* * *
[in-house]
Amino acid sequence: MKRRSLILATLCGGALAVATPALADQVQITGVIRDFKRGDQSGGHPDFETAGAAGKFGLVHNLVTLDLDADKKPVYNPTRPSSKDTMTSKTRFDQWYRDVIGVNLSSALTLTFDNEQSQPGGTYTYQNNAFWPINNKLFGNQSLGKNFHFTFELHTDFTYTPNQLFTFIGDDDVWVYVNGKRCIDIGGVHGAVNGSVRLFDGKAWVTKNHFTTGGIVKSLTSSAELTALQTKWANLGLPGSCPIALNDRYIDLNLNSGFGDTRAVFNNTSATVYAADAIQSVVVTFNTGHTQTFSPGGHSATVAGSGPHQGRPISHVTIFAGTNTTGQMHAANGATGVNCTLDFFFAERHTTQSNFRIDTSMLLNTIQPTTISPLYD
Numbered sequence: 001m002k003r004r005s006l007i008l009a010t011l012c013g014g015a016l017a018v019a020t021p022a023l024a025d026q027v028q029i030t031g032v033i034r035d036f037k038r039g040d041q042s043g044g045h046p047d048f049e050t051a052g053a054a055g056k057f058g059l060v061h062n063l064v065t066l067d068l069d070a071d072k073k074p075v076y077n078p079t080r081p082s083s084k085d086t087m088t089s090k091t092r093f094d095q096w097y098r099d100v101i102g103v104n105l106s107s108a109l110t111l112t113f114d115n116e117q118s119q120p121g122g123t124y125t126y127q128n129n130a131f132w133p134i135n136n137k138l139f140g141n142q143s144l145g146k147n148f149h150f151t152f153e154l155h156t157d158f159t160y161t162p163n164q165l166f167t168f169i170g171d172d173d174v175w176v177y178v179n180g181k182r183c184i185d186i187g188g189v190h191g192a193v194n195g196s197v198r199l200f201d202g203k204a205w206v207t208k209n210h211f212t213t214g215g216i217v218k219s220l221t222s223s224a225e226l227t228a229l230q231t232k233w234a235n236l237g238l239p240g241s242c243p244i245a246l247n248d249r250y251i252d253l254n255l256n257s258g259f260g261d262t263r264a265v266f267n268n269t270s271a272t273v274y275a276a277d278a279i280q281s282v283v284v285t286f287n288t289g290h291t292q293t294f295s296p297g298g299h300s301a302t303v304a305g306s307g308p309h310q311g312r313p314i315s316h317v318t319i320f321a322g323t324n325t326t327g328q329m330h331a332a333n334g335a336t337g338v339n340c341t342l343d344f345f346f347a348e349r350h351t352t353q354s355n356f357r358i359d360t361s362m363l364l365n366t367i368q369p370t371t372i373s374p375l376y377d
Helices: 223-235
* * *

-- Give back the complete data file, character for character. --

[in-house]
Amino acid sequence: MKRRSLILATLCGGALAVATPALADQVQITGVIRDFKRGDQSGGHPDFETAGAAGKFGLVHNLVTLDLDADKKPVYNPTRPSSKDTMTSKTRFDQWYRDVIGVNLSSALTLTFDNEQSQPGGTYTYQNNAFWPINNKLFGNQSLGKNFHFTFELHTDFTYTPNQLFTFIGDDDVWVYVNGKRCIDIGGVHGAVNGSVRLFDGKAWVTKNHFTTGGIVKSLTSSAELTALQTKWANLGLPGSCPIALNDRYIDLNLNSGFGDTRAVFNNTSATVYAADAIQSVVVTFNTGHTQTFSPGGHSATVAGSGPHQGRPISHVTIFAGTNTTGQMHAANGATGVNCTLDFFFAERHTTQSNFRIDTSMLLNTIQPTTISPLYD
Numbered sequence: 001m002k003r004r005s006l007i008l009a010t011l012c013g014g015a016l017a018v019a020t021p022a023l024a025d026q027v028q029i030t031g032v033i034r035d036f037k038r039g040d041q042s043g044g045h046p047d048f049e050t051a052g053a054a055g056k057f058g059l060v061h062n063l064v065t066l067d068l069d070a071d072k073k074p075v076y077n078p079t080r081p082s083s084k085d086t087m088t089s090k091t092r093f094d095q096w097y098r099d100v101i102g103v104n105l106s107s108a109l110t111l112t113f114d115n116e117q118s119q120p121g122g123t124y125t126y127q128n129n130a131f132w133p134i135n136n137k138l139f140g141n142q143s144l145g146k147n148f149h150f151t152f153e154l155h156t157d158f159t160y161t162p163n164q165l166f167t168f169i170g171d172d173d174v175w176v177y178v179n180g181k182r183c184i185d186i187g188g189v190h191g192a193v194n195g196s197v198r199l200f201d202g203k204a205w206v207t208k209n210h211f212t213t214g215g216i217v218k219s220l221t222s223s224a225e226l227t228a229l230q231t232k233w234a235n236l237g238l239p240g241s242c243p244i245a246l247n248d249r250y251i252d253l254n255l256n257s258g259f260g261d262t263r264a265v266f267n268n269t270s271a272t273v274y275a276a277d278a279i280q281s282v283v284v285t286f287n288t289g290h291t292q293t294f295s296p297g298g299h300s301a302t303v304a305g306s307g308p309h310q311g312r313p314i315s316h317v318t319i320f321a322g323t324n325t326t327g328q329m330h331a332a333n334g335a336t337g338v339n340c341t342l343d344f345f346f347a348e349r350h351t352t353q354s355n356f357r358i359d360t361s362m363l364l365n366t367i368q369p370t371t372i373s374p375l376y377d
Helices: 223-235